, VATICAN CITY, Nov 21 – Anti-AIDS campaigners welcomed Sunday an easing of the Catholic Church\’s blanket ban on condoms, saying comments by Pope Benedict XVI marked an historic break with the past that could save lives.
In a series of interviews to appear in a book published this week, Benedict says for the first time that while the use of condoms should not be seen as a "moral solution", it could be justified in stopping the spread of AIDS.
"In certain cases, where the intention is to reduce the risk of infection, it can nevertheless be a first step on the way to another, more humane sexuality," said the head of the world\’s 1.1 billion Catholics.
But the Vatican moved Sunday to counter campaigners\’ claims of a U-turn in Church policy, emphasising in a statement that condom use was acceptable only in highly "exceptional" cases.
"In this, the reasoning of the pope certainly cannot be defined as a revolutionary breakthrough," Vatican spokesman Federico Lombardi insisted.
Lombardi said the 83-year-old pope was speaking about "an exceptional situation" in one of the interviews in the book "Light of the World: The Pope, the Church and the Signs of the Times", by German author Peter Seewald.
"The pope considered an exceptional situation in which the exercise of sexuality is a real danger to the life of another," said Lombardi.
The pope used the specific example of a male prostitute using a condom to illustrate his apparent shift in position.
"There may be justified individual cases, for example when a male prostitute uses a condom, where this can be … a first bit of responsibility, to re-develop the understanding that not everything is permitted and that one may not do everything one wishes," Benedict was quoted as saying.
"But it is not the proper way to deal with the horror of HIV infection."
The Vatican spokesman said that "in this particular case, the pope does not morally justify the disordered exercise of sexuality, but considers that the use of condoms may be a \’first act of responsibility\’."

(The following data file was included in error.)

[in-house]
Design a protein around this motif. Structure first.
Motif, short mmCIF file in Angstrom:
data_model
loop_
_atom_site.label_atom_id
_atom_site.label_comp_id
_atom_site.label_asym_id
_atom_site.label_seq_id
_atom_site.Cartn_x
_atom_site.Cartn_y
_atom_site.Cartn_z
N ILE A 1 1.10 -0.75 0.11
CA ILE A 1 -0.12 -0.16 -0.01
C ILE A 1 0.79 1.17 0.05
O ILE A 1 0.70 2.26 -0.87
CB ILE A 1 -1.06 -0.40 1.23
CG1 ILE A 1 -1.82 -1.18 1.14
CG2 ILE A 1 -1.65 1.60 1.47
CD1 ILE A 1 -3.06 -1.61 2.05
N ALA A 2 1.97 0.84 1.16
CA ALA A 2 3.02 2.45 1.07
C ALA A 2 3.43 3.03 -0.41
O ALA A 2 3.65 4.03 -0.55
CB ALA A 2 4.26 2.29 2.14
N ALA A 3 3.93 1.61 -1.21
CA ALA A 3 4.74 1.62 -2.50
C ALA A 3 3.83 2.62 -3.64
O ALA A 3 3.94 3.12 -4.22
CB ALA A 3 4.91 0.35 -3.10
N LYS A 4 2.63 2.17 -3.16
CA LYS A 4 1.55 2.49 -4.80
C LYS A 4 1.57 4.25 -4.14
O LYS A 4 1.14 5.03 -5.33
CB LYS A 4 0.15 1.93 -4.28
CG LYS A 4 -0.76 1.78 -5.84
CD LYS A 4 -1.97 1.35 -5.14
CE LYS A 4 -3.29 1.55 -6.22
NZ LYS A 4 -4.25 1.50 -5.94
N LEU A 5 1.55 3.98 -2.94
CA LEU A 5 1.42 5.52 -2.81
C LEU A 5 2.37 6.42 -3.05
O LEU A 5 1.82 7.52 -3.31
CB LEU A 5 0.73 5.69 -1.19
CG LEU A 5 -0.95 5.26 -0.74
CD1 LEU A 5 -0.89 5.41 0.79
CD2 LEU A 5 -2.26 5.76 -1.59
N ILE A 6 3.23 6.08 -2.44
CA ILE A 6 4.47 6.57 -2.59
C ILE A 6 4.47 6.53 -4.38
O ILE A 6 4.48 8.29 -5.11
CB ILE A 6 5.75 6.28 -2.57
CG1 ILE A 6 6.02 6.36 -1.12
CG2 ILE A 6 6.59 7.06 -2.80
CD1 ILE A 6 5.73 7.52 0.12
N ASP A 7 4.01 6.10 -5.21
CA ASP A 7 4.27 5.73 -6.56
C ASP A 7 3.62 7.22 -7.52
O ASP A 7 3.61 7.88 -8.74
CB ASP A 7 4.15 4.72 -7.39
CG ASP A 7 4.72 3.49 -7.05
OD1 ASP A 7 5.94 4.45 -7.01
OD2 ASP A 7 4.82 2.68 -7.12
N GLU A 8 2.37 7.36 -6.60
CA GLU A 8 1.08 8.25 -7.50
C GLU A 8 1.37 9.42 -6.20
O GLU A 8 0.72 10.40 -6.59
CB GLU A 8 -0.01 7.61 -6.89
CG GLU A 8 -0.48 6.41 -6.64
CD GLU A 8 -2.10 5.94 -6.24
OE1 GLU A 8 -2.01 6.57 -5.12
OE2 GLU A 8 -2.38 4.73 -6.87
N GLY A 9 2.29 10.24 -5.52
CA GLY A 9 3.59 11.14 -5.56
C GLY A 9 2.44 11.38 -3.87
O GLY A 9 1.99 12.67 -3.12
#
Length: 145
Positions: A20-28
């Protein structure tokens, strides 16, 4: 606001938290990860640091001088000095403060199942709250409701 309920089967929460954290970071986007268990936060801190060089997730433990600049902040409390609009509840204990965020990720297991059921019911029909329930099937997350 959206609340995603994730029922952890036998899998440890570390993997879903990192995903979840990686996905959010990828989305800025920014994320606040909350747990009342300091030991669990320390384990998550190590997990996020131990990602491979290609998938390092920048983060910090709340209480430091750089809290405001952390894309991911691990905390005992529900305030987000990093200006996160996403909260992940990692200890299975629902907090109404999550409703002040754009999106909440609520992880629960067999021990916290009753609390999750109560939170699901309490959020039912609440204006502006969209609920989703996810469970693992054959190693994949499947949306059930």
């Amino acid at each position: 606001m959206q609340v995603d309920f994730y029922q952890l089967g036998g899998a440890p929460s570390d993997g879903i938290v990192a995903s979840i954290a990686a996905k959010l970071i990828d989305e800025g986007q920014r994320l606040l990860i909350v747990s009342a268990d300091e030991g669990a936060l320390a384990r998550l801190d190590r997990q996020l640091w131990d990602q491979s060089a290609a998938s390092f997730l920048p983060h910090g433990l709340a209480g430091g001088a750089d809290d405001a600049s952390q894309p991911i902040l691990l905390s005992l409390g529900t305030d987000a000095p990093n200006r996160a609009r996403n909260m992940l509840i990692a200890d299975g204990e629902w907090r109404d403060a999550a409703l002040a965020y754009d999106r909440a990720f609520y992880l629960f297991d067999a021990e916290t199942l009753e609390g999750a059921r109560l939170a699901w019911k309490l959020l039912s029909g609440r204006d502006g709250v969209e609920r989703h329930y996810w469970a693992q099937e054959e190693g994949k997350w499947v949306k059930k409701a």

The United Nations Programme on HIV/AIDS, UNAIDS, welcomed Benedict\’s remarks as "a significant and positive step forward taken by the Vatican."
Until now, the Vatican had prohibited the use of any form of contraception — other than abstinence — even as a guard against sexually transmitted disease.
The Vatican spokesman played down suggestions that the comments represented a new mood at the Vatican.
"Many moral theologians and influential Church figures have supported and maintain similar positions," said Lombardi.
"It is true, however, that we had not yet heard it with such clarity from the mouth of a pope, even if it\’s in a colloquial and non-magesterial form."
In the book, based on 20 hours of interviews conducted by Seewald, Benedict reiterated that condom use alone would not solve the problem of HIV/AIDS. "More must happen," he said.
While some campaigners said that the pope\’s comments did not go anywhere near far enough, there was a general consensus they would help in the fight against AIDS.
The head of the UN agency leading the international campaign against AIDS said Benedict\’s comments were a "significant and positive step forward".
"This move recognizes that responsible sexual behaviour and the use of condoms have important roles in HIV prevention," said Michel Sidibe, executive director of UNAIDS.
UN Secretary General Ban Ki-moon hailed the pope\’s comments as "welcome" and "realistic".
In South Africa, where an estimated 5.7 million of the 48 million population are HIV positive, there was also a cautious welcome from the main anti-AIDS lobby but a warning that the pope needed to be much more unequivocal.
Veteran gay rights campaigner Peter Tatchell, who helped coordinate the Protest the Pope campaign during Benedict\’s state visit to Britain earlier this year, said the comments represented a "volte-face" by the Vatican.
"Benedict seems to realise that his unrelenting, blanket opposition to condoms has damaged his own authority and that of the Church," said Tatchell.